Do I have to be Buddhist to practice meditation or come to the Shambhala Center?
Absolutely not! Everyone is welcome at the Shambhala Center from any tradition, belief or non-belief. We aspire to awaken the profound kindness inherent in human society and although our lineage is Buddhist we believe that everyone can sit and become familiar with their own mind.

I have practiced meditation in another tradition, can I use that technique instead?

Practitioners from all backgrounds are welcome. We suggest that if it’s your first time at Shambhala to try our mediation technique fully so that you have a complete experience of this practice.

What should I wear?
Wear something comfortable for you to sit on a cushion on the floor or in a chair. For programs, often students will dress nicely as a practice of respect and to reflect the uplifted nature of our minds.

Should I bring anything to a weekend program?
Some helpful items to bring are

  • a notebook
  • a closed water bottle
  • a shawl, light sweater, or long-sleeved shirt in case the shrine room is on the cooler side

What do donations, program fees and member dues pay for?
Program fees first pay for all expenses related to the program, including program food and supplies. The rest of the income from program fees, and all the income from donations and membership dues, are used to pay the operating costs of this center. Operating costs include building expenses (rent, insurance, maintenance, etc.), kitchen and bathroom supplies, shrine supplies, and our center’s contributions to Shambhala International.

I want to take a program but I can’t afford it, what are my options?
We strive to make all programs as affordable as possible, and we are fortunate enough to be able to offer our Generosity Policy to individuals who wish to attend programs but cannot afford the sustaining price.

What is the etiquette in the shrine rooms?

The Shambhala center shrineroom is a sacred space for discovering the nature of our minds and engendering compassionate action. What may feel “funny” or restrictive in our informal culture, is merely a way to show respect for the teachings, the community, and the teacher. Think of the etiquette involved in weddings and funerals in US culture as reference points. There are simple “dos” and don’ts” in those situations that we all know implicitly. In the Shambhala shrine room,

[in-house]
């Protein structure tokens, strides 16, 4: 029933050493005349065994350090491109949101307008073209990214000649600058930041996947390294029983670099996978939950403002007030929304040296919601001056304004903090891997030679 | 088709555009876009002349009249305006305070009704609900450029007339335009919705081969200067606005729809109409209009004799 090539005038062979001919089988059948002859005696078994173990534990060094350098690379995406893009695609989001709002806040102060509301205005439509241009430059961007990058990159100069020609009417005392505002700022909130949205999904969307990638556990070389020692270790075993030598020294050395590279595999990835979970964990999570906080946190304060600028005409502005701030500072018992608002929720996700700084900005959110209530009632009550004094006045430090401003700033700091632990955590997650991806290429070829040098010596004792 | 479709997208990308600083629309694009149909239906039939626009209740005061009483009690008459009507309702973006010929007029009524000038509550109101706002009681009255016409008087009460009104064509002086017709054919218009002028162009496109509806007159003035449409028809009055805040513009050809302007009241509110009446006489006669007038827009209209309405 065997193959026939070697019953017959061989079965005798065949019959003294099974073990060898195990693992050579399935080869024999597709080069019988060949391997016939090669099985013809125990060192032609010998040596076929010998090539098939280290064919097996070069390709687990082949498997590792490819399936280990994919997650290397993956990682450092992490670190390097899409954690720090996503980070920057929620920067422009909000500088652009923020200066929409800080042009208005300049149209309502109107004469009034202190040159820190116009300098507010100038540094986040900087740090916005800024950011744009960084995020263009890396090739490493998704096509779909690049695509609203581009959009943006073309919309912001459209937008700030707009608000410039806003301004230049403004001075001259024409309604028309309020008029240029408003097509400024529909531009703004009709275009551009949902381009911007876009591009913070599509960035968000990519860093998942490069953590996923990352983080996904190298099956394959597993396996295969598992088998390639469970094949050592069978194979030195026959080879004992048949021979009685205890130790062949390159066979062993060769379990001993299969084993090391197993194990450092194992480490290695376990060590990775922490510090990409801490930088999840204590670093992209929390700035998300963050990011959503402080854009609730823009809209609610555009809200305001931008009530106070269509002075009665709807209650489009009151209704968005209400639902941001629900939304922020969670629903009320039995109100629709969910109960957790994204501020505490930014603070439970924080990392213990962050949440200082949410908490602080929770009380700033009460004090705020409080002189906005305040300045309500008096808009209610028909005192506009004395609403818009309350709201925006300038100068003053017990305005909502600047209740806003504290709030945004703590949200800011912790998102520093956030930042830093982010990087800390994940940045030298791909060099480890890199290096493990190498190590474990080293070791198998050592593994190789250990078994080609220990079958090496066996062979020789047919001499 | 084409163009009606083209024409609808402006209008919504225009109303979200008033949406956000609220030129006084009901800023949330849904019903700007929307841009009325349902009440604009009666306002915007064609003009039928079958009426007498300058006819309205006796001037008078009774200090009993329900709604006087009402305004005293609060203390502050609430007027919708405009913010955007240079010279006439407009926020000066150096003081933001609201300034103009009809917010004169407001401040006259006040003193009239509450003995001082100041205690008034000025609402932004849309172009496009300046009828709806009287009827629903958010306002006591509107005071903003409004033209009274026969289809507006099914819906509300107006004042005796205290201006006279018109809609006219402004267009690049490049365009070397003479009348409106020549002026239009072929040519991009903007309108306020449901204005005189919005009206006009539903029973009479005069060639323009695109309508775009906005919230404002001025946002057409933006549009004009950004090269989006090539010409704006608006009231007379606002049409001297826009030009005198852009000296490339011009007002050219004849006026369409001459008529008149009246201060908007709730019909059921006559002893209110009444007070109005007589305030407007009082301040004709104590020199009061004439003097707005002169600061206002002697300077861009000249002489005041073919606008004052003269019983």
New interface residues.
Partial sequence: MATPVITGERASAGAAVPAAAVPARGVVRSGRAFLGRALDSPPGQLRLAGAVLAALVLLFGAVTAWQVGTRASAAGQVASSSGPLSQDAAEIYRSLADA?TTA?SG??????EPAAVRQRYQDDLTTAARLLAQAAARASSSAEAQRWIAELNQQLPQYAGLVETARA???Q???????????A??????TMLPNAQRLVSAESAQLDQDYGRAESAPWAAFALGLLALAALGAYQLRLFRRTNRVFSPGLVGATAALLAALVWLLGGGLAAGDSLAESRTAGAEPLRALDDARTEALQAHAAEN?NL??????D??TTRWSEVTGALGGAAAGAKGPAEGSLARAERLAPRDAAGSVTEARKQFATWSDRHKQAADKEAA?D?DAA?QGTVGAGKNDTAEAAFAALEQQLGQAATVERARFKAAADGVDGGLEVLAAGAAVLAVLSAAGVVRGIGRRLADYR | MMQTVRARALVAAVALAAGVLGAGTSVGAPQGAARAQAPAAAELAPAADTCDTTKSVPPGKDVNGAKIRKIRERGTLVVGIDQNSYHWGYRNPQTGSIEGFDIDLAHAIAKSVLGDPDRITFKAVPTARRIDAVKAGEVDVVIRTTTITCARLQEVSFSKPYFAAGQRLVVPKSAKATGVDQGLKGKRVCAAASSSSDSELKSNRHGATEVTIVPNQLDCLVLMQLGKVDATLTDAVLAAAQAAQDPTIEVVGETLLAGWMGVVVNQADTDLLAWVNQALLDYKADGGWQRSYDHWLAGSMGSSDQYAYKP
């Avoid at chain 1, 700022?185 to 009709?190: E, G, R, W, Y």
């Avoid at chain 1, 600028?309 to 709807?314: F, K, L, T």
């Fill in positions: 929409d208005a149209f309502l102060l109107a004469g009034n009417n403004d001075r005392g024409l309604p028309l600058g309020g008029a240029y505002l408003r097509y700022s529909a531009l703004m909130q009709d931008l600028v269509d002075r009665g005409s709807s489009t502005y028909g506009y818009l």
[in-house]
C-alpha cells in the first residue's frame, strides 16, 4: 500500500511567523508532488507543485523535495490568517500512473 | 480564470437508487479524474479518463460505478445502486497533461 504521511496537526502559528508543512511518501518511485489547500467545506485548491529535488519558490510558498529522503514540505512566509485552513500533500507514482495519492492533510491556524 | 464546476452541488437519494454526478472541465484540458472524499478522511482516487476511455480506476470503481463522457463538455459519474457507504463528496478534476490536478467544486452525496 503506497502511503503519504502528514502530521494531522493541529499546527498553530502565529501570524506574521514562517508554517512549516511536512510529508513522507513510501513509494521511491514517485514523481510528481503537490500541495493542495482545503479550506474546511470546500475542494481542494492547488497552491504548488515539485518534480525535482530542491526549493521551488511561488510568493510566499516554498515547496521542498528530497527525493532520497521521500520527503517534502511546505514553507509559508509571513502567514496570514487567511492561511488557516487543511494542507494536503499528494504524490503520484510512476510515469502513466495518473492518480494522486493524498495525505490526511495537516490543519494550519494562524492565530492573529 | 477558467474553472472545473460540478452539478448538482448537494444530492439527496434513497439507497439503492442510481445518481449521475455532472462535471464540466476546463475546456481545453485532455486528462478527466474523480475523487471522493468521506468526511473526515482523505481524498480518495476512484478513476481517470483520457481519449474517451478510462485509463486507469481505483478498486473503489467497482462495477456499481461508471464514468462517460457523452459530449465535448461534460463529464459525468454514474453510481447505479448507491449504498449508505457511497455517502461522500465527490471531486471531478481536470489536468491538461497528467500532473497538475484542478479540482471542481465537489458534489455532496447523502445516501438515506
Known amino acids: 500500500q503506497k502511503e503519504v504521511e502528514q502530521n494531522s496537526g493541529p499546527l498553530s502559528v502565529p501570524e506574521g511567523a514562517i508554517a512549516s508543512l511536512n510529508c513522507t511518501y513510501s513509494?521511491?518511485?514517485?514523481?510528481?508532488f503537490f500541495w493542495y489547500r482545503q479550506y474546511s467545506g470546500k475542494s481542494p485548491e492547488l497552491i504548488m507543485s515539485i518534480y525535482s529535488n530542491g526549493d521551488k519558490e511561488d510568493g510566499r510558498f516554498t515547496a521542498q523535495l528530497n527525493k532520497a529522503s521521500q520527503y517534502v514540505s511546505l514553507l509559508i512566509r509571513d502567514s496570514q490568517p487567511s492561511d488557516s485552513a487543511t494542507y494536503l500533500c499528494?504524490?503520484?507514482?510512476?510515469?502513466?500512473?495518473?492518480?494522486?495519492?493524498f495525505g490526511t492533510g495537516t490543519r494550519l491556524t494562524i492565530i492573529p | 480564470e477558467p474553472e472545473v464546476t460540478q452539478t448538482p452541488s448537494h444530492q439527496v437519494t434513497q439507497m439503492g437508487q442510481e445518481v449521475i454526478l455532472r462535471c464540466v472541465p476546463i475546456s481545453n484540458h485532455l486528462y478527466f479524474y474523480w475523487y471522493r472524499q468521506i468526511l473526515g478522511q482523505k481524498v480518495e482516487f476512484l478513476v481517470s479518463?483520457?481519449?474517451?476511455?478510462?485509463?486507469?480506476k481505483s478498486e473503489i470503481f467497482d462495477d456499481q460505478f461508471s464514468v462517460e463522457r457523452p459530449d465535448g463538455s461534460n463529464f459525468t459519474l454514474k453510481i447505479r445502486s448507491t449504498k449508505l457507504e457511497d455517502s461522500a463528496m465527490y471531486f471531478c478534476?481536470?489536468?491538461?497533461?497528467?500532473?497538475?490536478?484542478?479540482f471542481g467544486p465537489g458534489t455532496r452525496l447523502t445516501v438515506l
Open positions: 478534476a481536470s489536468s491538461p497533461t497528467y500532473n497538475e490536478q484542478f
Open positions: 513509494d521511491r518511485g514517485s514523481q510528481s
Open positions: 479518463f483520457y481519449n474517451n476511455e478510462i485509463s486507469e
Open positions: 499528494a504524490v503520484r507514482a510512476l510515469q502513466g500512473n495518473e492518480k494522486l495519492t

• remove your shoes
  • avoid scented products
  • silence your cell phone
  • do not place dharma books or chants on the floor
  • bring water in a closed container if you need it
  • maintain an upright posture on a cushion or chair (if you need other posture accommodations, please let the session leader know)
  • offer a short bow of respect when entering and leaving the shrine room if you would like to

Is there chanting?
Chanting is done as a practice at certain programs and events at the center. Nyinthun (our Sunday morning meditation) begins and ends with five to ten minutes of chanting in English. You are welcome to join in or just listen.

Are you Wheelchair Accessible?
As a community, we are committed to making the teachings as accessible as possible. We do have an elevator, but our landlord keeps the rear entrance locked. Please call us (413.585.9848) at least two days in advance and we will make sure the access is open.